I have been called by my friends as being a strong and independent woman, or simply a strong woman; thus to say, I can handle myself; strong in convictions, emotionally “stable”, debatable, and trying to feel okay when actually I’m not.
Yet even on those matters, I find myself feeling down, the loser of the day, and the weakling among my “eagle” friends at some point. All of those have stories behind to tell you. Such circumstances have forced us to act strong, tough and powerful women just because we feel the commitment to. Being a single parent could make others feel an obligation to stand strong for their children; being a breadwinner can force us to be emotionally anchored; being the eldest in the family would try to bring us the strength out of us to secure the younger siblings; being an ordinary girl who has been left by exes could create a huge change to being self-reliant; being a successful and determined woman who reached her dreams by herself can make us be called the independent woman that we are.
I have been related to this kind of reality, that I forgot that being weak doesn’t significantly mean I am weak myself. It just states that I am human; plainly that’s it, as cliché as it sounds. Being weak isn’t equally the same to being a girl playing in the park getting some clumsy bleeding wounds; or sitting down in the classroom being bullied by others and has been called sickly and inadequate.
I could recall my experiences of trying to be strong when all I wanted was to quit. In my circle of friends at school, I am the oldest. Automatic response – act like your age – be mature, be firm, be controlled and be someone who can fight for them when everything fails. But one day, I failed myself. I failed my family. I failed my academics. I failed in relationships. I couldn’t figure out how to fix and bring myself back together. I couldn’t see the silver lining of trying to deliberate and work out to be okay again because my younger friends are probably waiting for the older friend that they ran to; plus knowing that my parents look up to me even when I’m the youngest. So now tell me, how can I regain my “original” strength?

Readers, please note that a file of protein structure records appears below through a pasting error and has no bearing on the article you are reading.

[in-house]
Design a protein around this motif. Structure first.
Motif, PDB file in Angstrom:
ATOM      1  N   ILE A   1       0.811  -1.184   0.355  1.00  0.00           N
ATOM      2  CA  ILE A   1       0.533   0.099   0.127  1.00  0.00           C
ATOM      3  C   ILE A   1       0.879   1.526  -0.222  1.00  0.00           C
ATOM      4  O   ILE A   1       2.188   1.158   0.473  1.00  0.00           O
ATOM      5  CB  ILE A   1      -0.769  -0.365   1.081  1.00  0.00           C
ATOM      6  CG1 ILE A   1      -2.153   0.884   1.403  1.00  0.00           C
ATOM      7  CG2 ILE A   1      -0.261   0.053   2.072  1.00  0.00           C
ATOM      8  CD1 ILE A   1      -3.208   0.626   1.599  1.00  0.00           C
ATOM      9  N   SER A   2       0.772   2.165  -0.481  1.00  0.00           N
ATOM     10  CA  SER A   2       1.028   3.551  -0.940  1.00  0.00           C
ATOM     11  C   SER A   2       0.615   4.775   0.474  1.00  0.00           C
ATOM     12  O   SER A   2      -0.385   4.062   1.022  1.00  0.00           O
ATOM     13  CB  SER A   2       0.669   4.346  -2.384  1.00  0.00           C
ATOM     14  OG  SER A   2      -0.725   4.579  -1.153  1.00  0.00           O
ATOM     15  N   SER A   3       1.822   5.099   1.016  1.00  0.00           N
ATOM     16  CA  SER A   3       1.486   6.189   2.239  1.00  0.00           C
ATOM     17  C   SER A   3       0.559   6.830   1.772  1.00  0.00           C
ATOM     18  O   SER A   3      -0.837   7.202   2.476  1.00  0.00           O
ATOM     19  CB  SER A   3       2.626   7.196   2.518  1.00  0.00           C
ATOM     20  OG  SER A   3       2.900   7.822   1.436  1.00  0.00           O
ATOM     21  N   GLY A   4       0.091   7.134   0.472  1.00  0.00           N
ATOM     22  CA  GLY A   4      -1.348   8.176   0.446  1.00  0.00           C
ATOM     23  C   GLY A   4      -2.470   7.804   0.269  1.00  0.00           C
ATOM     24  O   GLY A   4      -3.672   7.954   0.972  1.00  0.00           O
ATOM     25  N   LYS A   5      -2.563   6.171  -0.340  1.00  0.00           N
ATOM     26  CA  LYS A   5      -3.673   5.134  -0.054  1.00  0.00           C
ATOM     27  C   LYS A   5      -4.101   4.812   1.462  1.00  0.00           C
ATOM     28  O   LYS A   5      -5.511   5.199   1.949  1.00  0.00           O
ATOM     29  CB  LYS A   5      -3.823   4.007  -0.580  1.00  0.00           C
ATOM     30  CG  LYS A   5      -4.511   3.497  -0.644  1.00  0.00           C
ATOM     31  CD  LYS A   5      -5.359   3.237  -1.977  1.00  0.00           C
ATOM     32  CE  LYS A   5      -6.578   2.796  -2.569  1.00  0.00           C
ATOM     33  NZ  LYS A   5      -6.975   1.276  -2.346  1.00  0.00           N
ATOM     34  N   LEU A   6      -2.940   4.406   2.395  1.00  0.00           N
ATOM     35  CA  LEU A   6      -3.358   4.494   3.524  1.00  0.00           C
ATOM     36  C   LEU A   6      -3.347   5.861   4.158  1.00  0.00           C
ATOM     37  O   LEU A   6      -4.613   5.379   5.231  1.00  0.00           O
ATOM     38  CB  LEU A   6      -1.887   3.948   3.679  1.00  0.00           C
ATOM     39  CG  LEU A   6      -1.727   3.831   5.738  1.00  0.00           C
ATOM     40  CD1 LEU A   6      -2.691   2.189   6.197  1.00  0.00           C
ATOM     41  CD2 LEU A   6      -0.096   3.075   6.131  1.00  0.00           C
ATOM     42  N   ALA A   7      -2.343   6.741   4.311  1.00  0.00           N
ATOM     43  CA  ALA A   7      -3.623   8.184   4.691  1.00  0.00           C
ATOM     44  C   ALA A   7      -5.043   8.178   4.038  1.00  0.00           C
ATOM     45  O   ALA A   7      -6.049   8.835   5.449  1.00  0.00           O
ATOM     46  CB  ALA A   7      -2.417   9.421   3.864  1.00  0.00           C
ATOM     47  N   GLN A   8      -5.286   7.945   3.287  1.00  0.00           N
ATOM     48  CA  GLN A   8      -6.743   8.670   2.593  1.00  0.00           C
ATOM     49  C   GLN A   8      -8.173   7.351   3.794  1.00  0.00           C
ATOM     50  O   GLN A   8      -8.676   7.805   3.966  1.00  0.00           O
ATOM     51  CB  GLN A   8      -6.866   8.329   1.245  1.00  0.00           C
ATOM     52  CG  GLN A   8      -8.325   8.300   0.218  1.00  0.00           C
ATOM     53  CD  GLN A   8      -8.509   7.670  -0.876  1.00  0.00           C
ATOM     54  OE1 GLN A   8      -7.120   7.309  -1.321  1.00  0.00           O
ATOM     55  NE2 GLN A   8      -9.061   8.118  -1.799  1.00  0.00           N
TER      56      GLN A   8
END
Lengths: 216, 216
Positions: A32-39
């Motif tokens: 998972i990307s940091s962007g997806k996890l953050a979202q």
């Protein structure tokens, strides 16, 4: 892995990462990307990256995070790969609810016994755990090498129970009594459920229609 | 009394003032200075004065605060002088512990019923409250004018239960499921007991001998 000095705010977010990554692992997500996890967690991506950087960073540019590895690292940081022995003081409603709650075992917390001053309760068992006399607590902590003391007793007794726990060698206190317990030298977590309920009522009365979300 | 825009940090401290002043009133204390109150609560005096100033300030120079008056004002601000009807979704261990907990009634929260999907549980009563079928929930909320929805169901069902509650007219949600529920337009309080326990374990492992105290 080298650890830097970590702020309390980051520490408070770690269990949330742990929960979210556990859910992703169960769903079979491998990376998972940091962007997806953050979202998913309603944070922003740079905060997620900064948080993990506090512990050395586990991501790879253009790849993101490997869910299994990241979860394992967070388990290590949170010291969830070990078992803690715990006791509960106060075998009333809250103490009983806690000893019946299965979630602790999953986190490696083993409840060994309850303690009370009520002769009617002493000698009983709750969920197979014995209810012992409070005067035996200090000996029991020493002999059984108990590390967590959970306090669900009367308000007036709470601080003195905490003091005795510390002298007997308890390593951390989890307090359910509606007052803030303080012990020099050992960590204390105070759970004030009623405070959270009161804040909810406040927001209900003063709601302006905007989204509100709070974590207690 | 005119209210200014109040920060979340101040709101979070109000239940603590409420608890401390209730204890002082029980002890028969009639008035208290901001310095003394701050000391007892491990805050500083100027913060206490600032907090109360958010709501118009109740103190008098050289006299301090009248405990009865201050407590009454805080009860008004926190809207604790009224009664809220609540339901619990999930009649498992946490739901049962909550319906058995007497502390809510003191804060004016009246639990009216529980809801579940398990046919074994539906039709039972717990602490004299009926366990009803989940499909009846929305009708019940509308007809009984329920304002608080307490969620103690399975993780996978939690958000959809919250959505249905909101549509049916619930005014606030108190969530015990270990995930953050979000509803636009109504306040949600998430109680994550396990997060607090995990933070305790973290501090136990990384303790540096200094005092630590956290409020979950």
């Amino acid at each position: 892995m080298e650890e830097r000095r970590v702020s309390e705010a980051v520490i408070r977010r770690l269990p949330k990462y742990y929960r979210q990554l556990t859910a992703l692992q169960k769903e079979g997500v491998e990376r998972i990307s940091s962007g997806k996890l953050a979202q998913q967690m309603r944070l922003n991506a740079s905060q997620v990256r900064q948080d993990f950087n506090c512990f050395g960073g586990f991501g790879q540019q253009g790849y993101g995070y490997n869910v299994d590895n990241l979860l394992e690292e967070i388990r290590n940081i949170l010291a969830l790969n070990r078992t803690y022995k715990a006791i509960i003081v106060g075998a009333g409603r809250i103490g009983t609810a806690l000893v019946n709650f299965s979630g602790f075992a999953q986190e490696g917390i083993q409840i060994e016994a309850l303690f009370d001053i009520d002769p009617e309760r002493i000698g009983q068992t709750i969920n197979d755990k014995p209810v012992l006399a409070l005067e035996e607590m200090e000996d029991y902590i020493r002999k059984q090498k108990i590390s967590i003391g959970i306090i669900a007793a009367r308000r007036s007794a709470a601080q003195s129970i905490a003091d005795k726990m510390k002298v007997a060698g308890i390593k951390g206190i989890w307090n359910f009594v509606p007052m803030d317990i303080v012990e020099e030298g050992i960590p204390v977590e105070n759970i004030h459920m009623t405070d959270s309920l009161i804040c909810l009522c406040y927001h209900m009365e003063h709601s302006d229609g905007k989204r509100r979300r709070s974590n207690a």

It doesn’t make you less of a woman (human) when you feel tired and frail.
While all of the strong women out there who toughens others, who cheers up their family members, who can be responsible on their own, who can pretentiously live life without anyone, admit it – you have the legitimately tendency to be as tired as others can be. We have always complained to our inner selves (and the Internet) that we are so compacted in a society that makes us feel we have to be firm because women have been known to be weirdly disorganized, temperamentally unstable, and mentally indecisive; and yet we act totally fine.
The social media world has been filled with blog articles what it’s like to become a strong woman when they’re broken; or what it’s like to become a strong girl when they’re insecure. I mean, what’s wrong to being shattered and self-conscious? Generally, it’s part of life entirely. And to be honest with you, being strong takes us to admit that we’re not okay. Telling others you can be on your own when you need them is one sign that you’re not strong. And that’s what we call being pretentious.
Honestly, I have been there who profess that people can leave, people can drag me down, and I’m fine.
Lies. All lies.
And that could probably be relatable to me up to now.
But reflection time hits, that’s not an epitome of strength. It takes complete humility to admit that you’re crushed that you become strong. It’s becoming vulnerable that makes you one.
And woman, you are allowed to feel. You are allowed to feel weak. You are free to be insecure and to feel ugly at some days. You have the right to. Because in that freedom of feeling those “unnecessary” emotions, you find grace to be strong. And that’s what makes you stronger.
– Rinnah Ramirez